In India’s immediate neighbourhood, as the SAARC summit last year revealed, India stands isolated on key issues. The majority of the SAARC members had wanted to consider favourably China’s application to be a full member of the grouping. This year, there have been some diplomatic gains for New Delhi in the South Asian region. The Modi government has been given credit for regime change through the ballot box earlier this year in Sri Lanka, though it claims that it had no role to play in the surprising electoral outcome. It was apparent that New Delhi was not too happy with former President Mahinda Rajapaksa on a variety of issues. He was perceived as being too close to China and impervious to commitments towards the Tamil minority. New Delhi protested when a Chinese submarine docked in Colombo. The new government led by Maithripala Sirisena has yet to consolidate itself, but a new bonhomie in bilateral ties is visible. During the Sri Lankan President’s visit to India in February, the two countries signed a civilian nuclear cooperation agreement, the first ever by two South Asian countries.

The Modi government’s biggest achievement in foreign policy so far is the land swap deal with Bangladesh in May (“United on border”, page 87). The deal was to have been signed during the last years of UPA-II, but it was scuppered by the Trinamool Congress government in West Bengal and the BJP, which was then in the opposition at the Centre. The Sheikh Hasina-led Bangladesh government, despite its closeness to India, was perturbed by the delay in the implementation of the accords it had signed with the Indian government. The Teesta water-sharing accord is yet to be implemented.

At the same time, India’s diplomatic clout with other SAARC countries has diminished. The government in Maldives, which is currently running roughshod over the opposition and has incarcerated the former President, Mohamed Nasheed, seems to be moving away from the special relationship with India. Relations with Nepal are good, but there are lingering suspicions about India among sections of the establishment, notably among the left-wing parties. Even India’s quick humanitarian response to the devastating earthquake in April this year, while earning widespread appreciation, came in for criticism for the manner in which the relief and rescue missions were projected in the Indian media.

There has been a diplomatic setback for India in Afghanistan after the departure of Hamid Karzai from the presidency last year. The new incumbent, Ashraf Ghani, has made it clear that he prefers stronger ties with the U.S., China and Pakistan. His priority is to kick-start peace talks with the Taliban and at the same time improve the security situation in his country. Pakistan and China are helping to broker talks. For the first time, the Afghan Intelligence Services have officially started cooperating with Pakistan’s Inter-Services Intelligence (ISI). The Afghan President visited India only in April after his visits to China, Pakistan, the U.S. and Iran. He has said that he does not want his country’s territory to be used for proxy conflicts between third countries.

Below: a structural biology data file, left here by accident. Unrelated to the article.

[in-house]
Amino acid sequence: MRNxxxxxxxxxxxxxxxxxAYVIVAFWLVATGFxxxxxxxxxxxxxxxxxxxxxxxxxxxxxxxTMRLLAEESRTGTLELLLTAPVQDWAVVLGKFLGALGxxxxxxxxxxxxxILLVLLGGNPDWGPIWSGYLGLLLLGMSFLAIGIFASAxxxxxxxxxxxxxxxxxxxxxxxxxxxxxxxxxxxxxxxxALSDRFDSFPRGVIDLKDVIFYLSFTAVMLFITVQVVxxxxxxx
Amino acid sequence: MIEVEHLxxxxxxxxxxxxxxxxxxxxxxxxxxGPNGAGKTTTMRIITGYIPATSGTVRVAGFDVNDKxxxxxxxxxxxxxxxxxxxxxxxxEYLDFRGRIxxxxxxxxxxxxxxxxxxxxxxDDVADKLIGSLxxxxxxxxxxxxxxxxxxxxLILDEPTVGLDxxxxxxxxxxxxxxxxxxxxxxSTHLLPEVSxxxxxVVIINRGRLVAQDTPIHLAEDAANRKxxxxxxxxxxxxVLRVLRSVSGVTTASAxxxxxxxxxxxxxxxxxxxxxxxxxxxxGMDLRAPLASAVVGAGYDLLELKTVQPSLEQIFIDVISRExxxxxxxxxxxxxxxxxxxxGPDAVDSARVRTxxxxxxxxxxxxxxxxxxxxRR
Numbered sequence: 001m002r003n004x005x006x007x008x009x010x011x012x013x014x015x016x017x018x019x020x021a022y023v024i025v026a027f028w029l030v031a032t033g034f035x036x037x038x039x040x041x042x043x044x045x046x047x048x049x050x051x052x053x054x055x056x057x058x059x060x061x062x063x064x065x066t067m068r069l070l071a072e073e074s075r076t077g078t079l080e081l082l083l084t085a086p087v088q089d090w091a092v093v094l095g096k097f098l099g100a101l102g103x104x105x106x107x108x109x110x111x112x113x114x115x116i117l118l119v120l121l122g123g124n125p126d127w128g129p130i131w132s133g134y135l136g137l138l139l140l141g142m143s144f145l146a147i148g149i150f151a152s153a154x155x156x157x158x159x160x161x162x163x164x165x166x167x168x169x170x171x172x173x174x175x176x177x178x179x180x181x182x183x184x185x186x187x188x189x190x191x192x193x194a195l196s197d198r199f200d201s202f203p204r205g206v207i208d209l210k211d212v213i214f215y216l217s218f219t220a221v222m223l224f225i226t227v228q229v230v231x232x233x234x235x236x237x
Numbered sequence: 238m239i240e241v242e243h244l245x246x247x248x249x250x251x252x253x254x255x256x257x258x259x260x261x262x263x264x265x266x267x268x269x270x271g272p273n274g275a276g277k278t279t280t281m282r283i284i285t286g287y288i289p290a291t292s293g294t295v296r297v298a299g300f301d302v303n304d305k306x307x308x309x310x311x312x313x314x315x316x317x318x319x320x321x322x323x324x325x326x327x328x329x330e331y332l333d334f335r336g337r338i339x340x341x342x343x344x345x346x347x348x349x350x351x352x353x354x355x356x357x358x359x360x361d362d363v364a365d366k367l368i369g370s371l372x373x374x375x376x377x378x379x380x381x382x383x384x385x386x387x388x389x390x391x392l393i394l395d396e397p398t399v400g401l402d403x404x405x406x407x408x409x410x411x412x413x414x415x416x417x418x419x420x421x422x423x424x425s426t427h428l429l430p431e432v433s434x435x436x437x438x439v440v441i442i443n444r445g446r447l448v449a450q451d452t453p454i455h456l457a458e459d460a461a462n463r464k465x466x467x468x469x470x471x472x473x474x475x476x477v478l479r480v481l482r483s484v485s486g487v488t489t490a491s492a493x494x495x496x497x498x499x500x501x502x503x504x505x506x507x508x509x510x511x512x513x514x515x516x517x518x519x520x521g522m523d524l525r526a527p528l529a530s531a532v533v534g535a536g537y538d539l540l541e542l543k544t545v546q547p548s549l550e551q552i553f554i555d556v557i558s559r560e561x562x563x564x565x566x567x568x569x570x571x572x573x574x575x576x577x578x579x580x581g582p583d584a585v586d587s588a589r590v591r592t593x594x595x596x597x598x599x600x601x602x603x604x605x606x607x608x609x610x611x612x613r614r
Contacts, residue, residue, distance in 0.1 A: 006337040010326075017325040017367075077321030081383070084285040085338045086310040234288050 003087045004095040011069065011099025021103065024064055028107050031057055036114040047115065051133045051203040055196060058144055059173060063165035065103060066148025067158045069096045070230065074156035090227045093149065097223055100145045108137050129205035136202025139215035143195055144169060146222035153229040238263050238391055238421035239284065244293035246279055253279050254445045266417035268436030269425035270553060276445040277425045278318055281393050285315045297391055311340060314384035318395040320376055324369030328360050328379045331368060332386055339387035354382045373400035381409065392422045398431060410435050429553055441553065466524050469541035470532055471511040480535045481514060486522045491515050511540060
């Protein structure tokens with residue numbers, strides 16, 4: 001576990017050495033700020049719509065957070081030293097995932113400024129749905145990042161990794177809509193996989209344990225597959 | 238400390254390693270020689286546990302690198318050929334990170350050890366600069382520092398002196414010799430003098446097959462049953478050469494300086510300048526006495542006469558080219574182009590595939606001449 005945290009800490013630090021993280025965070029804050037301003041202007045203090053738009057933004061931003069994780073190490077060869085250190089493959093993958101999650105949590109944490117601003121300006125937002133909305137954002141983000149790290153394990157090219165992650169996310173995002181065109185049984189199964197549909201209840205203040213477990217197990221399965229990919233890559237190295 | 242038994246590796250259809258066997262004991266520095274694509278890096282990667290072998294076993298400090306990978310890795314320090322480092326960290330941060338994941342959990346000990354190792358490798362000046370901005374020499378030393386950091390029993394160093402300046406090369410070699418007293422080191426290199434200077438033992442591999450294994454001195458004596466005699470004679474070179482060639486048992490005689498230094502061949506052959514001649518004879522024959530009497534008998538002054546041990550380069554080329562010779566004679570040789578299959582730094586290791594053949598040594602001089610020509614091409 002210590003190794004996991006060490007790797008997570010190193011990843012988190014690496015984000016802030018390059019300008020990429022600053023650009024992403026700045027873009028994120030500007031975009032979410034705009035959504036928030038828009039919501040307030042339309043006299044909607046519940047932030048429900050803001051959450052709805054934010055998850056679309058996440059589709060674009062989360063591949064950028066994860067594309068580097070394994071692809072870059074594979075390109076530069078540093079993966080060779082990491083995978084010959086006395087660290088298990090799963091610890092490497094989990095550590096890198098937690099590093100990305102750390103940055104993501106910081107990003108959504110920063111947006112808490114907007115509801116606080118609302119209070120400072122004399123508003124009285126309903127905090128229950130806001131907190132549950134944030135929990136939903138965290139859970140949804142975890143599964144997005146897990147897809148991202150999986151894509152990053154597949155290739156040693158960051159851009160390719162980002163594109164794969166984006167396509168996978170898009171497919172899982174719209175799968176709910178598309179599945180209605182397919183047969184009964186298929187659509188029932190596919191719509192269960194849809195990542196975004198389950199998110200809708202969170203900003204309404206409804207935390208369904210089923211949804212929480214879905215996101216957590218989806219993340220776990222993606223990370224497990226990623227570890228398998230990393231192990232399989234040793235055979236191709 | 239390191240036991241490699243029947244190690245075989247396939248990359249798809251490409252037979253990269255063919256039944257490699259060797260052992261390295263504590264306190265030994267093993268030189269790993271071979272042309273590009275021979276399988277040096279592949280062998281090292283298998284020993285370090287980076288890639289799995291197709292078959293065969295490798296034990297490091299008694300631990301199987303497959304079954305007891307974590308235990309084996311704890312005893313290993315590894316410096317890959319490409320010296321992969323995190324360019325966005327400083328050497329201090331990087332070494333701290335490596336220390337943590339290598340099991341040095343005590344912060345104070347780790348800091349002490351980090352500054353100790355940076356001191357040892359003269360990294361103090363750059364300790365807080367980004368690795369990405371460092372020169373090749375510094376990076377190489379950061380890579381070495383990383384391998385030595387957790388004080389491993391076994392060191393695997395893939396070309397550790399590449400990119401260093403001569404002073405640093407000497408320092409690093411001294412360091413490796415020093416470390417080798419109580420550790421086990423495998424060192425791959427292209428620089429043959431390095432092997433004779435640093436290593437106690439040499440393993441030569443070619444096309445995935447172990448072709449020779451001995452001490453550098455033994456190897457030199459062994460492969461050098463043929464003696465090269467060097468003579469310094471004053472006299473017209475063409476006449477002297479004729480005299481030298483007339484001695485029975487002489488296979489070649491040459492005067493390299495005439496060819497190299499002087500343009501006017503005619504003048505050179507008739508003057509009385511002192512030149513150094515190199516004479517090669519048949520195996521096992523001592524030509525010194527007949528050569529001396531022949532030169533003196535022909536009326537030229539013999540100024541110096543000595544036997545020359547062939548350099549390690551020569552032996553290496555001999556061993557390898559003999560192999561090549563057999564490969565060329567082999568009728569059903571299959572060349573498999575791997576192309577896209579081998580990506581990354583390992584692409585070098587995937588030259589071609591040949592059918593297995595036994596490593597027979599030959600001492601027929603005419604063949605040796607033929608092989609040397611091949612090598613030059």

Pro-Western tilt

Though the National Democratic Alliance (NDA) under Modi is basically continuing with the UPA’s foreign policy agenda, the BJP’s right-wing ideology has made the present government’s pro-Western tilt even more pronounced. The Indian government is tacitly siding with the U.S.-led alliance in the territorial disputes in the South China Sea. The joint statement issued during Obama’s visit to India talked about the need to ensure “the freedom of navigation and overflight—especially in the South China Sea”. The Chinese have strongly denied that the territorial dispute poses any threat to the freedom of navigation and point out that it is one of the busiest waterways in the world. In the joint statement on the shared vision on the Asia-Pacific region, the two leaders “agreed to develop a road map that leverages our respective efforts to increase ties among Asian powers, enabling both our nations to better respond” to the emerging economic, diplomatic and strategic challenges in the region. During his visit to Japan, Modi openly talked about an “expansionist China”.

It is, therefore, not surprising that the Chinese side, while keen to strengthen political and strategic relations, is wary of India’s long-term intentions. It is particularly concerned about the Modi government’s decision to restart trilateral military exercises involving the Indian, U.S. and Japanese navies in the Indian Ocean region. Before Modi’s recent visit to China, the Indian government, taking into account China’s strong displeasure, postponed the scheduled trilateral military exercise.